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Unappreciated border biosecurity risks related to herbicide-resistant biotypes in imported seeds

Surveys from 2023 revealed that more than 40% of New Zealand vineyards and arable farms contain herbicide-resistant plants. Resistant ryegrass (Lolium spp.) are particularly common.

 

While multiplication of ryegrass provided NZ $80 million in export revenues in 2021, farmers suspected imported cultivar seed-lines contained herbicide resistant plants. Although ryegrass is a valued crop, herbicide resistant plants become a problem in the next rotation of land, be that of ryegrass or another crop, such as wheat.

 

The goals of this project were to gain an understanding of the risks of herbicide resistant seeds being imported in seed for sowing.  This knowledge could lead to new border agency biosecurity or voluntary seed industry mitigation measures to cut risks.

Specific objectives are to:

  • Document rates of herbicide resistance, or absence of herbicide resistance, in imported ryegrass seed lots.
  • Document rates of herbicide resistance, or absence of herbicide resistance, in contaminants of imported seed lots.

 

The research team planted out seed from 56 distinct lots (28 per year) from 52 varieties, into 1.5 by 5 meter plots over two years, with four replicates per seed-lot and herbicide (336 randomized plots per year). Plots were treated with haloxyfop (Group 1), iodosulfuron (Group 2) and glyphosate (Group 9) at the highest recommended rate. Each herbicide was applied to 30-80 thousand seedlings at the three-leaf stage, estimated survival rates were generally less than 2%. Seed contaminants were also screened for herbicide resistance.

 

Eight weeks after treatment, up to 20 survivors were collected per variety and herbicide, grown in the glasshouse and tillered for respraying to confirm resistance to the herbicide treatments – because some plants could have been late germinators or escaped exposure.

 

Out of the 56 seed-lots (11 were from NZ, 45 were imported),  resistance was confirmed for 44 lots (80%), including some breeder’s lines. There was no significant difference between seed lots sourced from New Zealand, or overseas. However, it appeared that Italian ryegrass was more likely to be resistant than perennial ryegrass. Estimated resistance rates were between 1:20 and 1:70000, with seed lots classed as resistant to either haloxyfop (9 lots), iodsulfuron (10 lots) or both (25 lots), but none survived glyphosate. Researchers speculate resistance-conferring variants may occur normally in ryegrass at rates of 1:7000 or rarer, but 29 seed lots had higher than expected rates.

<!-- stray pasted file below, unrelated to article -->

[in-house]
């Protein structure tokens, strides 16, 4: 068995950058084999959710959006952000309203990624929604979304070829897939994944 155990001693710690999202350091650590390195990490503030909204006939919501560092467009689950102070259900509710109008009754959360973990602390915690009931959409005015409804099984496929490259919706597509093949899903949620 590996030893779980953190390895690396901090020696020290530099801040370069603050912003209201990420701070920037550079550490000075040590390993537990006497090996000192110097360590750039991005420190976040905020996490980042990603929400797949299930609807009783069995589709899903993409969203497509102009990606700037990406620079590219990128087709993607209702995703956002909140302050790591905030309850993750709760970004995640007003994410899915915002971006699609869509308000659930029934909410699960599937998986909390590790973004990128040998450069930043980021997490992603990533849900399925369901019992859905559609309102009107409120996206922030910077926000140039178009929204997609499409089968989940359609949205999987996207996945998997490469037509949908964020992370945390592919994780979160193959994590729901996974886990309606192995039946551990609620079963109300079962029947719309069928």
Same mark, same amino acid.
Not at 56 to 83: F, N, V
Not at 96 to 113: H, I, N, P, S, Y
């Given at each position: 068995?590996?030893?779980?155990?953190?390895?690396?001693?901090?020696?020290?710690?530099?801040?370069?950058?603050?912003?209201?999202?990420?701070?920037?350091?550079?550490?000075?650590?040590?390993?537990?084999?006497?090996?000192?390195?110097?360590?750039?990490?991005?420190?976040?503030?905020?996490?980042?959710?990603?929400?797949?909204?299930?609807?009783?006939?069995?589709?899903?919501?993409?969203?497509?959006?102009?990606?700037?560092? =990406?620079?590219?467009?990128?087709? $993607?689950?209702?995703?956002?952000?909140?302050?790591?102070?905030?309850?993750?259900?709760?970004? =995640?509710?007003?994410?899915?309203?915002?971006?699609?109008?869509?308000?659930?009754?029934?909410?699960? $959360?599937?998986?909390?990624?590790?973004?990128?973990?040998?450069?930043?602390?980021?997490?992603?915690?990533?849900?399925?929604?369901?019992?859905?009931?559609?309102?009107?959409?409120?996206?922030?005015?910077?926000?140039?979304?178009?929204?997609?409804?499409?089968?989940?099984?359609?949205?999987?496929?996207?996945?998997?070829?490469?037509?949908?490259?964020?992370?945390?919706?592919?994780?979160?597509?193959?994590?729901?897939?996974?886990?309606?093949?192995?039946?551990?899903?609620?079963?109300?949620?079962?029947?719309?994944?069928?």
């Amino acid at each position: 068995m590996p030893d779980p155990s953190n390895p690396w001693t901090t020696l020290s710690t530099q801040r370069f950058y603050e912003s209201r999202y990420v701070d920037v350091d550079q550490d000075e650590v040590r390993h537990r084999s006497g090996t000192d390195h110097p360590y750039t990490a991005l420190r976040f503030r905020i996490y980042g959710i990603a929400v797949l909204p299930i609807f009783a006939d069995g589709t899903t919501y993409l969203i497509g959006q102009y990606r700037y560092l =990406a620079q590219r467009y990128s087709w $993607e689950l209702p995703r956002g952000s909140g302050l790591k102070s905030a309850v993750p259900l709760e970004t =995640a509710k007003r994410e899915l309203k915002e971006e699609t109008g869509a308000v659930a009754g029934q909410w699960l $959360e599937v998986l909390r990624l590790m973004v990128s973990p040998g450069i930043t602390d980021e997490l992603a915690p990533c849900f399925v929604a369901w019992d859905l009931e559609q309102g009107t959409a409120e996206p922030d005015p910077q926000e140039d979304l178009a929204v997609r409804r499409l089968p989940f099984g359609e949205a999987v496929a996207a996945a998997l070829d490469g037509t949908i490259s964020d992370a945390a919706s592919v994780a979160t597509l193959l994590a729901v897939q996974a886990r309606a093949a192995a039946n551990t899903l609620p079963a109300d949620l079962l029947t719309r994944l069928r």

Some imported ryegrass lines contained annual poa (Poa annua) contaminants that survived iodosulfuron as well. Blackgrass (Alopecurus myosuroides) that contained contaminants of linseed and ryegrass seed lots were also shown to be resistant to iodosulfuron.

 

In the final phase of this project, ending in 2024, researchers are growing other weed contaminants to produce seed for resistance testing.

 

Contact Project Leader Chris Buddenhagen: chris.buddenhagen@agresearch.co.nz

 

Publications of relevance to this project:

Buddenhagen, C. E., Hackell, D., Henderson, H. V., & Wynne‐Jones, B. (2022). Factors impacting the detection of weed seed contaminants in seed lots. Pest Management Science, 79(2), 881-890. https://doi.org/10.1002/ps.7257

Buddenhagen, C. E., Rubenstein, J. M., Hampton, J. G., & Rolston, M. P. (2021). The phytosanitary risks posed by seeds for sowing trade networks. PLOS ONE, 16(11), e0259912. https://doi.org/10.1371/journal.pone.0259912

Rubenstein, J. M., Hulme, P. E., Buddenhagen, C. E., Rolston, M. P., & Hampton, J. G. (2021). Weed seed contamination in imported seed lots entering New Zealand. PLOS ONE, 16(8), 1–13. https://doi.org/10.1371/journal.pone.0256623

https://agresearch.figshare.com/search?q=Buddenhagen